Segmentectomy Versus Lobectomy for Non-Small Cell Lung Cancers: Clinical Evidence
Four decades ago, the very first patients were enrolled into the Lung Cancer Study Group. It was a randomized, controlled trial that compared lobectomy to limited resection for biopsy-proven T1N0 non-small cell lung cancer (NSCLC). The results of this study were published in 1995. They demonstrated a three-fold increase in loco-regional recurrence and a 30 percent increase in overall death for patients who underwent limited resections (1).
In Western nations, lobectomy became the undisputed standard of care for resectable NSCLC. In Japan, there remained an ongoing interest in anatomical segmentectomies for small peripheral lung cancers, especially those with a ground-glass opacity (GGO) component. A systematic review and meta-analysis published in 2016 identified fifty-four studies that compared lobectomy procedures to sublobar resections (2). When studies were limited to lobectomies versus segmentectomies in an intentionally selected patient cohort, all six identified studies originated from Japan (3–8). A comprehensive meta-analysis of these six studies concluded no significant differences in overall or disease-free survival between the segmentectomy and lobectomy arms (2).
More recently, an extraordinary effort between the Japanese Clinical Oncology Group and the West Japan Oncology Group led to the completion of the JCOG 0802 trial. The trial included 1,106 patients with peripheral NSCLC ≤ 2cm who were randomized to either lobectomy (n = 554) or segmentectomy (n = 552) (9,10). The primary endpoint of the study was overall survival. After a 7.3-year median follow-up, patients who underwent segmentectomy were found to have a superior five-year overall survival rate compared to lobectomy survival rates: 94.3% versus 91.1% (p = 0.0082).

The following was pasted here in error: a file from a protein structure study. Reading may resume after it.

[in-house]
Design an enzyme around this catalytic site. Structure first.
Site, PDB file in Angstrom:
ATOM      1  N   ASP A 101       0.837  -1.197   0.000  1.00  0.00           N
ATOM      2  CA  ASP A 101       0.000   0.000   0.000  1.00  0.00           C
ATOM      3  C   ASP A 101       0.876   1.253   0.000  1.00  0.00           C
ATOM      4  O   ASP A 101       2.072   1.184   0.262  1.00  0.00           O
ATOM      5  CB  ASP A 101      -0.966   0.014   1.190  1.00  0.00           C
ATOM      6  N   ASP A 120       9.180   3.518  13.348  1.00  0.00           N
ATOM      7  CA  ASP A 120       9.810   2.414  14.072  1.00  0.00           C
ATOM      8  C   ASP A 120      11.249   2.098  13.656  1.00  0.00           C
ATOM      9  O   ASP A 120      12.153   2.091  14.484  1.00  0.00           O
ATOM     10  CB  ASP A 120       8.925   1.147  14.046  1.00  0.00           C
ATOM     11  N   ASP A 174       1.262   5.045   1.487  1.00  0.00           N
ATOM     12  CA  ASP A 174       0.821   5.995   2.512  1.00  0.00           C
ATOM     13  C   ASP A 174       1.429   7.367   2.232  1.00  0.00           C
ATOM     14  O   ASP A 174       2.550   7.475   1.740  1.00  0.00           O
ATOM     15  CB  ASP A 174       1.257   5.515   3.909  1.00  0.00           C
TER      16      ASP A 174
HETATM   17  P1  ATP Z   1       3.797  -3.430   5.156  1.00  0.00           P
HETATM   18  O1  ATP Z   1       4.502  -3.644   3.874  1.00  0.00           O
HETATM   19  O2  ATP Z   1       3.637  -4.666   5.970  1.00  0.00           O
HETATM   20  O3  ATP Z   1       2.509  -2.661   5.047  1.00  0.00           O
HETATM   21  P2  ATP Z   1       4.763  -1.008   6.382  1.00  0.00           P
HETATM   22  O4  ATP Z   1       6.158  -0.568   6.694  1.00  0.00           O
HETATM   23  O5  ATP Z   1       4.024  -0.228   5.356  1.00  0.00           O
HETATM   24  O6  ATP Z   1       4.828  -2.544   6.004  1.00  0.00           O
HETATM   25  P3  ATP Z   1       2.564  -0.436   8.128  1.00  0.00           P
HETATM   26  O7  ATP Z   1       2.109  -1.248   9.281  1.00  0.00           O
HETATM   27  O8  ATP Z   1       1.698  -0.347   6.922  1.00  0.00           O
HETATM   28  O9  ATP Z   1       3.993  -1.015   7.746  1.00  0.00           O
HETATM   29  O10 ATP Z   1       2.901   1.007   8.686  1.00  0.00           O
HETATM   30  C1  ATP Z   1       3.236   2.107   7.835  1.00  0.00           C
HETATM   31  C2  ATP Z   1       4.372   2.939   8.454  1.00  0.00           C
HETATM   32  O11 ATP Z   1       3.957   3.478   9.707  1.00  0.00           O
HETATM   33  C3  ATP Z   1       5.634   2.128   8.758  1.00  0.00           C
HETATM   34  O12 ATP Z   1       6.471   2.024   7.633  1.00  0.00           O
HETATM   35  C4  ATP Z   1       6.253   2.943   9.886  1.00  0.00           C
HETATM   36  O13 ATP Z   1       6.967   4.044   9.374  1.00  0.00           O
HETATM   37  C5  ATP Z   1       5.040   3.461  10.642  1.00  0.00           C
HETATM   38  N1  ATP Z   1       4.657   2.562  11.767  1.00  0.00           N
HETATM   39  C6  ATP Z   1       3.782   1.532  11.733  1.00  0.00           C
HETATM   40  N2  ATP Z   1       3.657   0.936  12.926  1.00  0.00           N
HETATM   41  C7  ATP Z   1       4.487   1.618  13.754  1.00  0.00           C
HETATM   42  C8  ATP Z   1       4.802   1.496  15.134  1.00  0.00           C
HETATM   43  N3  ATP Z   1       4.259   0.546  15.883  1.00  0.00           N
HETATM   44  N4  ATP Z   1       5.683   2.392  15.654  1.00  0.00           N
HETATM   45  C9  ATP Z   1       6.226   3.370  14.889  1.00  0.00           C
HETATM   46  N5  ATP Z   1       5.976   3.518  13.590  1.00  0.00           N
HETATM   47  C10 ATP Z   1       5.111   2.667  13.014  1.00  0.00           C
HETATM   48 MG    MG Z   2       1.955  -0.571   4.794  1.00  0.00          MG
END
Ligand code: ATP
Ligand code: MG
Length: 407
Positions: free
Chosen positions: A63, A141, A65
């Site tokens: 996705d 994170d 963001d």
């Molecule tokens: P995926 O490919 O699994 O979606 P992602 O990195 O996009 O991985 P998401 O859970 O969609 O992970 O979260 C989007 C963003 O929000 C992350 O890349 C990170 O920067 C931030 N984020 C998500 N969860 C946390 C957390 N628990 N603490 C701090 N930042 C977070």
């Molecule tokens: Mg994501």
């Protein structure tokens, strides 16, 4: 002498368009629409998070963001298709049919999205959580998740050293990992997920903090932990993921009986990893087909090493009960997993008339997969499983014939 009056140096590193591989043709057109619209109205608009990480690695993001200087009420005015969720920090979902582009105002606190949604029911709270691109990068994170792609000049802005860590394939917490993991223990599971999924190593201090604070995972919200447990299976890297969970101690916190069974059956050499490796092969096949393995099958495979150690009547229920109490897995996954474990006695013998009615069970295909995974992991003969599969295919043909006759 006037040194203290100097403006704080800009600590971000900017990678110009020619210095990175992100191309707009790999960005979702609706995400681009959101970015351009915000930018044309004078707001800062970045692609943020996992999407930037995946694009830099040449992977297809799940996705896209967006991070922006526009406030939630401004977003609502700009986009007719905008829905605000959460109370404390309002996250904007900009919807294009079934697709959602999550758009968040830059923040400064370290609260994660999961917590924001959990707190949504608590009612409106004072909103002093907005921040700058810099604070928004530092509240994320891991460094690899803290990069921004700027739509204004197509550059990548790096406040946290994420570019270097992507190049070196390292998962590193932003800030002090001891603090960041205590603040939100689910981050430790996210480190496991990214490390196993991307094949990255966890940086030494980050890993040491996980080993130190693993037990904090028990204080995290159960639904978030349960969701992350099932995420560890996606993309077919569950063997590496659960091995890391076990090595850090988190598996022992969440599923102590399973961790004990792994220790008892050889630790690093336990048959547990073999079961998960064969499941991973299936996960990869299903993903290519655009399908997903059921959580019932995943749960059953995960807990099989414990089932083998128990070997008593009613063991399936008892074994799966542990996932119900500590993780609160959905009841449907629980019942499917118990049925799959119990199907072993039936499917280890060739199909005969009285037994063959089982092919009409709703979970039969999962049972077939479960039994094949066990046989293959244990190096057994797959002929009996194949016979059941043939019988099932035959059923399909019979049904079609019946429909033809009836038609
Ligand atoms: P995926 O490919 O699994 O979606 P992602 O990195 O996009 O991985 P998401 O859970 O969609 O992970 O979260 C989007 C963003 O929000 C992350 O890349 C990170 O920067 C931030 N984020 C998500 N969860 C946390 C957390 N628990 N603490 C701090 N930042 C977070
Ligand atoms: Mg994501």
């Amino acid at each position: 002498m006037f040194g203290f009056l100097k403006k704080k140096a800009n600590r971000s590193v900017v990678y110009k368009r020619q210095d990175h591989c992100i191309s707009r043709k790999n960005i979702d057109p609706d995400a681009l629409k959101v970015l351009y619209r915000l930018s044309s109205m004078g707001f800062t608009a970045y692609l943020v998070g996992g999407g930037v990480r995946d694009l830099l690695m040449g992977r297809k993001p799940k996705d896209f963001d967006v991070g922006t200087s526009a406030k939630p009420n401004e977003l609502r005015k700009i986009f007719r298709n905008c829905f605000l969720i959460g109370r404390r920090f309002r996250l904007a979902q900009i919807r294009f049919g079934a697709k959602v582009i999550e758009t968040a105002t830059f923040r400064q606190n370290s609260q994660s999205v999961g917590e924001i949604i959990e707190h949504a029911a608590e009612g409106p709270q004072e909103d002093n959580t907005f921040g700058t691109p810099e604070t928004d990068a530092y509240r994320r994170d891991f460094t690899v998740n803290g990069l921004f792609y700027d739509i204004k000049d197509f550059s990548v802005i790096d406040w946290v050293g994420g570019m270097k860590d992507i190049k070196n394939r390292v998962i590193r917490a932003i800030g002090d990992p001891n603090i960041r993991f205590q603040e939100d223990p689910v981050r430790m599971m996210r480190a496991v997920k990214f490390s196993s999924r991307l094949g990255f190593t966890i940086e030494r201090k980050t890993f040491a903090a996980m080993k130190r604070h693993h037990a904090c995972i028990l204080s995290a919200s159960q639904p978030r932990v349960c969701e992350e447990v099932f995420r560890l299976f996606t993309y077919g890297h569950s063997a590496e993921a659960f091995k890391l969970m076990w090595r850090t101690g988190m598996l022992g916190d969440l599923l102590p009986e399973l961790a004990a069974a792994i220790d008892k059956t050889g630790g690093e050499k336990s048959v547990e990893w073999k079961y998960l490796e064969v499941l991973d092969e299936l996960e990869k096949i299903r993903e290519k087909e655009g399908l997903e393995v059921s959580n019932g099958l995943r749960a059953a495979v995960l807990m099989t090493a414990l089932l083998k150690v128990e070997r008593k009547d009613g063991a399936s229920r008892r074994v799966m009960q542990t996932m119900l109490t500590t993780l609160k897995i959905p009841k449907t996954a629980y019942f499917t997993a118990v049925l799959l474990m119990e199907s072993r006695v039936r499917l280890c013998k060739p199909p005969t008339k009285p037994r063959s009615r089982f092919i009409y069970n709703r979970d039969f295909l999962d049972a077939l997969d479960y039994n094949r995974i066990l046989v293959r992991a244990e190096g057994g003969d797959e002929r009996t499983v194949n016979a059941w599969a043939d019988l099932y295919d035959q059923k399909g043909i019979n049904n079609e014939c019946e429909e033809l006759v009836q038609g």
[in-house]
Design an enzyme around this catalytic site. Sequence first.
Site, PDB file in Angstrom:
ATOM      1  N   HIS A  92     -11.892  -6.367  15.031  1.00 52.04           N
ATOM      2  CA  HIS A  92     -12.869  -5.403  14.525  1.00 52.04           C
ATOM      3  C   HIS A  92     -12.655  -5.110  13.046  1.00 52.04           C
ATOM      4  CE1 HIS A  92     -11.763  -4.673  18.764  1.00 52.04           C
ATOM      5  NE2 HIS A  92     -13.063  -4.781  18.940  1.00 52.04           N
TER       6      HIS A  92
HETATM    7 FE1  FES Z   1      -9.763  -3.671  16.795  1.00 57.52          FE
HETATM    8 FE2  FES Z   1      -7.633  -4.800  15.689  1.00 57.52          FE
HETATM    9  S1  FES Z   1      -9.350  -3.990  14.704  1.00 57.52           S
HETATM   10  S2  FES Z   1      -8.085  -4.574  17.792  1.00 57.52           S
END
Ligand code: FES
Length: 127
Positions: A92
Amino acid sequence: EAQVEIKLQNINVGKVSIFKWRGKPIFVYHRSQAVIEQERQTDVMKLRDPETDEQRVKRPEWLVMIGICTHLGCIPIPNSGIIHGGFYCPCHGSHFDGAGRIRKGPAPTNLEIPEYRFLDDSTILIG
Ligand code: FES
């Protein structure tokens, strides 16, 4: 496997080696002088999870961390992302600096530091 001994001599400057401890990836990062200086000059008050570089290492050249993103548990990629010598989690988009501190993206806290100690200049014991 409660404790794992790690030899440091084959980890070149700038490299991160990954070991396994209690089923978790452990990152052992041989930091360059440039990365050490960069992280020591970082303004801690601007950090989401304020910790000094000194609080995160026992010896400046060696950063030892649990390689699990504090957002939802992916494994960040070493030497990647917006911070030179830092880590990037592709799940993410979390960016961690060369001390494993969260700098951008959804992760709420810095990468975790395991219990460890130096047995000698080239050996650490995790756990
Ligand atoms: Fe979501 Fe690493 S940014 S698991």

Interestingly, locoregional recurrence appeared to increase after segmentectomy compared to lobectomy (6.9% versus 3.1%). The lower rate of overall survival in the lobectomy group could have been attributed to a higher number of patients who died from a second cancer. Another surprising finding from the trial included the relatively modest improvement in forced expiratory volume in one second (FEV1) after segmentectomy compared to lobectomy; a 3.5% difference when measured one year after surgery.
Regarding postoperative outcomes, the participating institutions should be congratulated on a mortality rate of 0% in both surgical arms. Patients who underwent segmentectomies were found to have a higher rate of Grade ≥2 air leak and reinsertion of chest tube. Yet, other perioperative outcomes were similar between the two groups.
Based on the results of the JCOG 0802 study, there is now robust clinical evidence to justify a paradigm shift toward anatomical segmentectomies rather than lobectomies for selected patients with early stage NSCLC. Clinical implications of this new evidence may be further strengthened by the CALGB/Alliance 140503 trial if oncological outcomes are found to be similar between the lobectomy group and the sublobar resection group (11). However, it should be noted that more than half of the patients in the sublobar arm underwent wedge resections rather than anatomical segmentectomies in the CALGB study.
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